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Author Topic: Bulb log 43  (Read 1358 times)

fleurbleue

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Bulb log 43
« on: October 26, 2011, 01:28:11 PM »
 Vaccinum ovatum, new for me, seems an interesting subshrub at the same time for its foliage and its fruits  :D
Nicole, Sud Est France,  altitude 110 m    Zone 8

bendgardener

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Re: Bulb log 43
« Reply #1 on: October 26, 2011, 03:19:36 PM »
I agree with Ian's monolog.  We must support the small nurseries and slowing educate our friends and family to the life style of being a gardener.  One of my earliest memories is helping my great grandmother in her garden.  I try to use the small nurseries when I can but the cost is high.  I often start with the more common plants and add specialty plants as focus plants in the landscape.  Most of the small growers are located 3 to 4 hours away from my home.  Long drive for a few plants. 
Bob Crain

elevation 4750 feet in Central Oregon Cascades
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Martinr

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Re: Bulb log 43
« Reply #2 on: October 26, 2011, 05:28:47 PM »
"My plea is especially to the ‘younger’ ones – that is anyone under 55"

Now I'm just depressed.... :'(. Officially over the hill.

But seriously I agree with everything you say and do 'my bit' for our village garden club which, happily, can still get 50 people through the door some months but even in my now officially advanced years (no I'm not 60 for some time to come), I'm probably the second youngest member of the club. Our local AGS group is much the same.

I do know, however, that the modern pressures of working life do limit enthusiasm, and time, for extra curricular activities and that's from someone who hasn't had to raise children.

Solution.....alas I haven't got one except to keep trying.

Roma

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Re: Bulb log 43
« Reply #3 on: October 26, 2011, 07:33:56 PM »
When do you cut the stem of your Cardiocrinum, Ian?  The seed pods on mine are still quite green though the stem is brown.  I'd like to leave them on the plant as long as possible but I do not think they will ripen much further outside now.
Roma Fiddes, near Aberdeen in north East Scotland.

ashley

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Re: Bulb log 43
« Reply #4 on: October 26, 2011, 07:49:16 PM »
What a beautiful autumn garden Ian.  As well as the fine plant combinations and views I like how well your boundaries are hidden 8)

Hasn't this been a great year for autumn colours (& berries)?  Hereabouts field maples and liquidambers began to turn at least 6 weeks ago and are still going strong.  Usually we get only a few days at most before an Atlantic storm strips them bare.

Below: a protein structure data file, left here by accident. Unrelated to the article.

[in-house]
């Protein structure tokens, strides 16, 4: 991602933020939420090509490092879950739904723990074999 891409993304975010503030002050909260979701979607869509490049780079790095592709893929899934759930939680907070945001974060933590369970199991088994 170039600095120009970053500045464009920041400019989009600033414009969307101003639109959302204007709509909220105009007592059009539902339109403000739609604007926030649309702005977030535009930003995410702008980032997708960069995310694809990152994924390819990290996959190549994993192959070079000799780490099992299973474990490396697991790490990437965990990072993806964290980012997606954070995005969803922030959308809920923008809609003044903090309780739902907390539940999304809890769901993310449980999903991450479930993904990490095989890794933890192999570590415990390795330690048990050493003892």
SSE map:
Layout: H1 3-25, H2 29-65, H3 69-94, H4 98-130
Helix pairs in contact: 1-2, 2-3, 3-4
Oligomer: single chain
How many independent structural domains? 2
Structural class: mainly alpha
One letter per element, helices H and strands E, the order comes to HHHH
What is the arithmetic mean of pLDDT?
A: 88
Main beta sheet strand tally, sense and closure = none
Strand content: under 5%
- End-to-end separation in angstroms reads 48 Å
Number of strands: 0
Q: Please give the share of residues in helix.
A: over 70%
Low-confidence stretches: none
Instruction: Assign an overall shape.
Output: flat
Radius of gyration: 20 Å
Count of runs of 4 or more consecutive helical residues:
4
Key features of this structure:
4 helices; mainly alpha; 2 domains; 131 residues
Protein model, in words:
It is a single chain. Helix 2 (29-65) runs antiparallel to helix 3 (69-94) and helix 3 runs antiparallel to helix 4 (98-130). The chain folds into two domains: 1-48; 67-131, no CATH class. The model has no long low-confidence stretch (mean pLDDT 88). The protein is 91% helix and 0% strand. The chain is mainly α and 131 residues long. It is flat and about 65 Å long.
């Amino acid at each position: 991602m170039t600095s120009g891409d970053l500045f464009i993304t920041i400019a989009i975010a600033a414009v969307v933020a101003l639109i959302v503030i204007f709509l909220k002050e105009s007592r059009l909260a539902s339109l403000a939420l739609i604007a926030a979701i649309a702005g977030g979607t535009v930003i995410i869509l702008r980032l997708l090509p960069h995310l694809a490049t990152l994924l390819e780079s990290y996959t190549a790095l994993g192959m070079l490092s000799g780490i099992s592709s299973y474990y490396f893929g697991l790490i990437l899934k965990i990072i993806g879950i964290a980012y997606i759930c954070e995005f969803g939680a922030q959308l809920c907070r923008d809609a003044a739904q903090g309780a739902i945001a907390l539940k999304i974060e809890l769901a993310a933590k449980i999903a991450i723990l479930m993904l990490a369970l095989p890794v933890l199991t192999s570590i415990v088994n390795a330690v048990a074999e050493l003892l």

Ashley Allshire, Cork, Ireland

Ian Y

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Re: Bulb log 43
« Reply #5 on: October 26, 2011, 08:20:55 PM »
Quote
accinum ovatum, new for me, seems an interesting subshrub at the same time for its foliage and its fruits 

Nicole It is a nice shrub giving evergreen interest with flowers, fruits and bright spring foliage. I am happy to send some fruits for seed if you would like.

Quote
When do you cut the stem of your Cardiocrinum, Ian?  The seed pods on mine are still quite green though the stem is brown.  I'd like to leave them on the plant as long as possible but I do not think they will ripen much further outside now.

Roma , I think the seed is perfectly ripe now it is just the seed pod and stem that dry out slowly before the capsules open to release the seed. I will 'crop' it when we start to get frosts. Or I may take one capsule now and another later to see which of the seeds germinates best.

Ashley well spotted I hate boundaries and have worked to soften them at least by careful planting.

Martin, you are only over the hill when you think like that so stop it at once - I am still a teenager at heart and many say I still behave that way.

Thanks for the agreement with my rant, sorry monolog, I really do believe that there is a lot to interest younger people if only we could lure them in the first place. I agree time is an issue and that is where the internet works you can do it anywhere now with the latest phones that connect.
Ian Young, Aberdeen North East Scotland   - 
The person who says it cannot be done should not interrupt the person doing it.
http://www.srgc.org.uk/bulblog/bulblog.html

 


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